In February 2011, I walked across the Wahiba Sands by moonlight with my girlfriend Laura (now wife).
The Wahiba Sands (also called the Sharqiya Sands) is a small but prototypical desert – about 100 miles long and 50 miles wide and filled almost entirely with row after row of sand dunes. It’s only a couple of hours drive from Muscat, Oman, and thus popular with tourists.
The itinerary was simple: We drove as close as we could to the western edge of the dunes and parked our car. Our rucksacks were loaded with 10 litres or so of water and enough food for 2 or 3 days then walked east until the dunes stopped. We made a bee line up to the road and hitched back to our car.
The trip was planned to coincide with a full moon which meant it was easier to walk late in the evening and early in the morning when it was cooler.
Although very brief, this remains one of my all-time top expedition experiences.
Diary from the Sands
I was amazed that we found it at all. I had zoomed in as close as possible on Google Earth to trace the fine lines of what looked like a dirt track ending at the western edge of the sand dunes. I jotted down the coordinates, punched them into the GPS we had borrowed and was trying to navigate through the maze of Omani village back streets. Hard enough in daylight, let alone the darkness that covered us as the clock approached midnight. Somehow we found the literal end of the road (it turned rather suddenly into sand), parked up and pitched for the night beneath the glorious orb of a full moon.
It was no coincidence that the lunar cycle was reaching its zenith this weekend. We had planned this for many months, coordinating the brightest nights with our social calendar to find the perfect time to complete our desert crossing. We rose early the next morning and set a course east. A bearing we would more or less be following for the next 60km.
The Wahiba Sands are a desert in every sense. Hot, dry and filled in their entirety by wave after wave of steep sided sand dunes.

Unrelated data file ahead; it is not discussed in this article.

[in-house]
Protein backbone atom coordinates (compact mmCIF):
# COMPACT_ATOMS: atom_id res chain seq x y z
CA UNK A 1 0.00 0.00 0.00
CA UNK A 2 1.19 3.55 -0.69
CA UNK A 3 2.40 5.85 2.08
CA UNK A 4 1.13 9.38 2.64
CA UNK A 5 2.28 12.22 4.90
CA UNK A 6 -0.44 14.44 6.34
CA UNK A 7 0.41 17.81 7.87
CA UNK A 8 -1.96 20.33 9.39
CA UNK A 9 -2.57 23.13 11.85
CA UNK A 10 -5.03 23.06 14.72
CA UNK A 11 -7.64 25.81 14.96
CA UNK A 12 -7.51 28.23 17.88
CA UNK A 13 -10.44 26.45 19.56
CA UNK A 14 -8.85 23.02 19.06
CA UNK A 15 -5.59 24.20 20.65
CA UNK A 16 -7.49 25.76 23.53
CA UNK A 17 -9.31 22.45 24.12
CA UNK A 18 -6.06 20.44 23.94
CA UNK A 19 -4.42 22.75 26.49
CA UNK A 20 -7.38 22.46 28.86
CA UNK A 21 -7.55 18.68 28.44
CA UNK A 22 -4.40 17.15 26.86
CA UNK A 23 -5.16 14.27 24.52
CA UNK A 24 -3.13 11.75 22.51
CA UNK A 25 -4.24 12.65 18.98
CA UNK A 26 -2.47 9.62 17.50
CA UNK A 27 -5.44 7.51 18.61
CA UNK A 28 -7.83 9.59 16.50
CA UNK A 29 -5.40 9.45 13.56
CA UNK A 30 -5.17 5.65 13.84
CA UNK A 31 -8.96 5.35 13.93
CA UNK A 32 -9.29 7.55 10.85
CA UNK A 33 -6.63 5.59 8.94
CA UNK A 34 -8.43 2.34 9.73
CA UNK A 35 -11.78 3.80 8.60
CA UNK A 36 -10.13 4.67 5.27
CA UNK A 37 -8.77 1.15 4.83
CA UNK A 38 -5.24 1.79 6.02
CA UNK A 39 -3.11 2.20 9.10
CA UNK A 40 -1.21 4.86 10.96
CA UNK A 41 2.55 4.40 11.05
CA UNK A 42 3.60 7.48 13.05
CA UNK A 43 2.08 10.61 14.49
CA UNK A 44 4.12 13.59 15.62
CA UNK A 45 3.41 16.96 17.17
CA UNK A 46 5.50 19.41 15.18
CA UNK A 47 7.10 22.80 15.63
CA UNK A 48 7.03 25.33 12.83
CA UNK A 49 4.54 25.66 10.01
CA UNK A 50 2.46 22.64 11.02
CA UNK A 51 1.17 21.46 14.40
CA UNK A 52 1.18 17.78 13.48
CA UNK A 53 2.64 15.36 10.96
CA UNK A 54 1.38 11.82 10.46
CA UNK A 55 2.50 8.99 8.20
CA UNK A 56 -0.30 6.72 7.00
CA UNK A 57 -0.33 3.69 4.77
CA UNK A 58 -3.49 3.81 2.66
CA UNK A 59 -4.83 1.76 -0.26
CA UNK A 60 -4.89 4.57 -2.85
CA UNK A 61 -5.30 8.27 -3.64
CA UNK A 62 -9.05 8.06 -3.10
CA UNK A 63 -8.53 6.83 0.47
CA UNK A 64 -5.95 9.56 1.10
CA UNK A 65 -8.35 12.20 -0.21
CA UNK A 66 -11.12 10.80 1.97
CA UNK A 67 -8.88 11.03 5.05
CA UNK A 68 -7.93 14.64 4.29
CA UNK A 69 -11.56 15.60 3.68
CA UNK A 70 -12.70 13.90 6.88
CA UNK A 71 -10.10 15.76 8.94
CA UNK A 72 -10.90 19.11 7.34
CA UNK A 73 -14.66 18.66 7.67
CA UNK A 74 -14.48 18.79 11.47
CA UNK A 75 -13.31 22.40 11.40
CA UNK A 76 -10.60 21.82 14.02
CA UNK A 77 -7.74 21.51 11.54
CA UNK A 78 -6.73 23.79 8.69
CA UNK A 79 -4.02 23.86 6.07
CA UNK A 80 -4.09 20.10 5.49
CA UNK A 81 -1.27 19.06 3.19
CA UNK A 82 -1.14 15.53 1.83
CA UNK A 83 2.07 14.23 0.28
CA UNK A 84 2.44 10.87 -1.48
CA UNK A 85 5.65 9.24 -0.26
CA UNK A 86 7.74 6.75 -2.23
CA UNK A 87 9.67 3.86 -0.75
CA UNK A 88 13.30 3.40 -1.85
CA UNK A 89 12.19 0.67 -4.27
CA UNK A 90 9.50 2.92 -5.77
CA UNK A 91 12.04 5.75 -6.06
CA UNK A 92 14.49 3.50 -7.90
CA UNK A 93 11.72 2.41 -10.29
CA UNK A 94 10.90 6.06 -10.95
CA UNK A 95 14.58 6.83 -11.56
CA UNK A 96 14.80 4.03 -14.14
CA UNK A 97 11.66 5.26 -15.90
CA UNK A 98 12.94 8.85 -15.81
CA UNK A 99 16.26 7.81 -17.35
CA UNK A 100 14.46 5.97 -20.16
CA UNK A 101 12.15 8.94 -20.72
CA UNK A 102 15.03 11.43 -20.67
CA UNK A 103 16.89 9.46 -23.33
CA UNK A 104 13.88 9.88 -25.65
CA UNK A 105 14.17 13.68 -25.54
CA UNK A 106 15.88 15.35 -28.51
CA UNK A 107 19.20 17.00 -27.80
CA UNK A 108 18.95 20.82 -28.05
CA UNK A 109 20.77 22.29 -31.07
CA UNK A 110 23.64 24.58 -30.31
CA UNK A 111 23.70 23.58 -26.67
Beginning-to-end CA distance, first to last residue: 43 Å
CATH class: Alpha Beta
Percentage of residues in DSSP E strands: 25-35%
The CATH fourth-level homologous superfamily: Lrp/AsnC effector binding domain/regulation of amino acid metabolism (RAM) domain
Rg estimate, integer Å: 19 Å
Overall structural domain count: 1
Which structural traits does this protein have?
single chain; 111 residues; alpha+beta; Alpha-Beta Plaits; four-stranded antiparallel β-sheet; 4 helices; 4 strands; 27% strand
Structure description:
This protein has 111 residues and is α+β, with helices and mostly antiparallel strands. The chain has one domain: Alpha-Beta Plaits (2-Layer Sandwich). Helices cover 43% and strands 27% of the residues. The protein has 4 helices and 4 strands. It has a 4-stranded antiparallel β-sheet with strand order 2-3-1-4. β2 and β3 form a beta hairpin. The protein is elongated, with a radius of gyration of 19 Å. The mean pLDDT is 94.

The dunes run north-south in parallel lines and our crossing would cut perpendicular across them all. Harder work than following one of the valleys along the line of least resistance but a lot more fun we thought. The Sands are well used by tourists, locals and Bedu alike. Most, if not all, valleys between the dunes have jeep tracks running through them, there are small settlements scattered throughout the area and a few tourist camps too.
This was not remote desert exploration. It was a challenge we had set ourselves as people new to the desert. We chose to do the trip “unsupported” in part because it made it purer and more challenging but mostly because it was so much easier than arranging anything else. Our plan was simply to carry everything we needed to get us to the road on the far side of the Sands then hitch back to our car.
We each carried 9 litres of water and three days of food. I estimated our packs to weigh in at around 17kg (37lbs). Not heavy by military standards perhaps but enough to make us groan under the burden. Even before the sun had peaked across the horizon in front us, sweat crept onto my brow as we struck up the face of our first dune.
We supposed that there would be 26 such dunes to cross. Each one was up to a hundred metres or so in height and a kilometre or two wide.
Sometimes it was hard to tell where one dune finished and the other started when we were lost in a sea of rolling sand hills but it was our easiest measure of progress; like counting lengths in a swimming pool. It wasn’t until we had slogged up half a dozen that John, who had joined Laura and I for the trip, “remembered” that due to the prevailing winds, the dunes were always steeper on the western side. A fact that may have been more useful before planning a west-east crossing.
The logic behind timing our trip to coincide with the full moon was so that it would be bright enough to walk even when the sun wasn’t up. This was a hot desert and even now, in winter, it would be tough going to walk through the heat of the day. Doing so would waste precious water on sweat too. So come midday, we sought the shelter of a tree and our tarpaulin to get some rest then pressed on in the late afternoon and into the night.